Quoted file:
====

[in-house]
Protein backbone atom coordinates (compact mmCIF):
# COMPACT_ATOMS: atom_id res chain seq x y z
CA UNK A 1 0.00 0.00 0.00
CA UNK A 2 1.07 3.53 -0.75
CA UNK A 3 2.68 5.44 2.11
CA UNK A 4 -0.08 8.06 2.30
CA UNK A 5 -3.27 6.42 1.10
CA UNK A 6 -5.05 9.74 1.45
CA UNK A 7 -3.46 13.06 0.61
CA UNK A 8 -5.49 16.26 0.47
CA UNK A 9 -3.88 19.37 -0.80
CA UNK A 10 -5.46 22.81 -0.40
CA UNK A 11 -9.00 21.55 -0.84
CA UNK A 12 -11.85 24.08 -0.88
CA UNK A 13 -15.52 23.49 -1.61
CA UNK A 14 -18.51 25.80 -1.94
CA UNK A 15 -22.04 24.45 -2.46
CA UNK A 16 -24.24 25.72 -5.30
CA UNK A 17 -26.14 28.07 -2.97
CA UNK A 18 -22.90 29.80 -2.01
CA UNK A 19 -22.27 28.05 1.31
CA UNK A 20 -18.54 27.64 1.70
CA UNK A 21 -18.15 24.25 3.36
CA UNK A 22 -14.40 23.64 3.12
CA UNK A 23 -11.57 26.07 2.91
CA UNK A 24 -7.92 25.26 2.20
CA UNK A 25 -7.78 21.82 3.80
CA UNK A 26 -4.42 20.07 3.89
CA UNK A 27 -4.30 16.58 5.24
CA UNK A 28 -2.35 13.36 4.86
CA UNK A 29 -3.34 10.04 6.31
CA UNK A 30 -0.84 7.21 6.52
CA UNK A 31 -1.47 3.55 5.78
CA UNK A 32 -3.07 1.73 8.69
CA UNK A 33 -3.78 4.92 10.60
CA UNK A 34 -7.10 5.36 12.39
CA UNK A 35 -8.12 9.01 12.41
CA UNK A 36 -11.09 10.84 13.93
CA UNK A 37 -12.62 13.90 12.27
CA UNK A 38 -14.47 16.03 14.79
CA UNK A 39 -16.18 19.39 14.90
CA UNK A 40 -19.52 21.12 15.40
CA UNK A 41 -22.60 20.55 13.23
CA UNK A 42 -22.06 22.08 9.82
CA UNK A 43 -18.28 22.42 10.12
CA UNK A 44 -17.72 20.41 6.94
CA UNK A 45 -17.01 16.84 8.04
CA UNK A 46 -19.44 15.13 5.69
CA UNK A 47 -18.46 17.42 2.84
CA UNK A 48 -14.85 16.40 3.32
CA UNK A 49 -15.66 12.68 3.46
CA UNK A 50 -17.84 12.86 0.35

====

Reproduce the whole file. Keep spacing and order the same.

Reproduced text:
[in-house]
Protein backbone atom coordinates (compact mmCIF):
# COMPACT_ATOMS: atom_id res chain seq x y z
CA UNK A 1 0.00 0.00 0.00
CA UNK A 2 1.07 3.53 -0.75
CA UNK A 3 2.68 5.44 2.11
CA UNK A 4 -0.08 8.06 2.30
CA UNK A 5 -3.27 6.42 1.10
CA UNK A 6 -5.05 9.74 1.45
CA UNK A 7 -3.46 13.06 0.61
CA UNK A 8 -5.49 16.26 0.47
CA UNK A 9 -3.88 19.37 -0.80
CA UNK A 10 -5.46 22.81 -0.40
CA UNK A 11 -9.00 21.55 -0.84
CA UNK A 12 -11.85 24.08 -0.88
CA UNK A 13 -15.52 23.49 -1.61
CA UNK A 14 -18.51 25.80 -1.94
CA UNK A 15 -22.04 24.45 -2.46
CA UNK A 16 -24.24 25.72 -5.30
CA UNK A 17 -26.14 28.07 -2.97
CA UNK A 18 -22.90 29.80 -2.01
CA UNK A 19 -22.27 28.05 1.31
CA UNK A 20 -18.54 27.64 1.70
CA UNK A 21 -18.15 24.25 3.36
CA UNK A 22 -14.40 23.64 3.12
CA UNK A 23 -11.57 26.07 2.91
CA UNK A 24 -7.92 25.26 2.20
CA UNK A 25 -7.78 21.82 3.80
CA UNK A 26 -4.42 20.07 3.89
CA UNK A 27 -4.30 16.58 5.24
CA UNK A 28 -2.35 13.36 4.86
CA UNK A 29 -3.34 10.04 6.31
CA UNK A 30 -0.84 7.21 6.52
CA UNK A 31 -1.47 3.55 5.78
CA UNK A 32 -3.07 1.73 8.69
CA UNK A 33 -3.78 4.92 10.60
CA UNK A 34 -7.10 5.36 12.39
CA UNK A 35 -8.12 9.01 12.41
CA UNK A 36 -11.09 10.84 13.93
CA UNK A 37 -12.62 13.90 12.27
CA UNK A 38 -14.47 16.03 14.79
CA UNK A 39 -16.18 19.39 14.90
CA UNK A 40 -19.52 21.12 15.40
CA UNK A 41 -22.60 20.55 13.23
CA UNK A 42 -22.06 22.08 9.82
CA UNK A 43 -18.28 22.42 10.12
CA UNK A 44 -17.72 20.41 6.94
CA UNK A 45 -17.01 16.84 8.04
CA UNK A 46 -19.44 15.13 5.69
CA UNK A 47 -18.46 17.42 2.84
CA UNK A 48 -14.85 16.40 3.32
CA UNK A 49 -15.66 12.68 3.46
CA UNK A 50 -17.84 12.86 0.35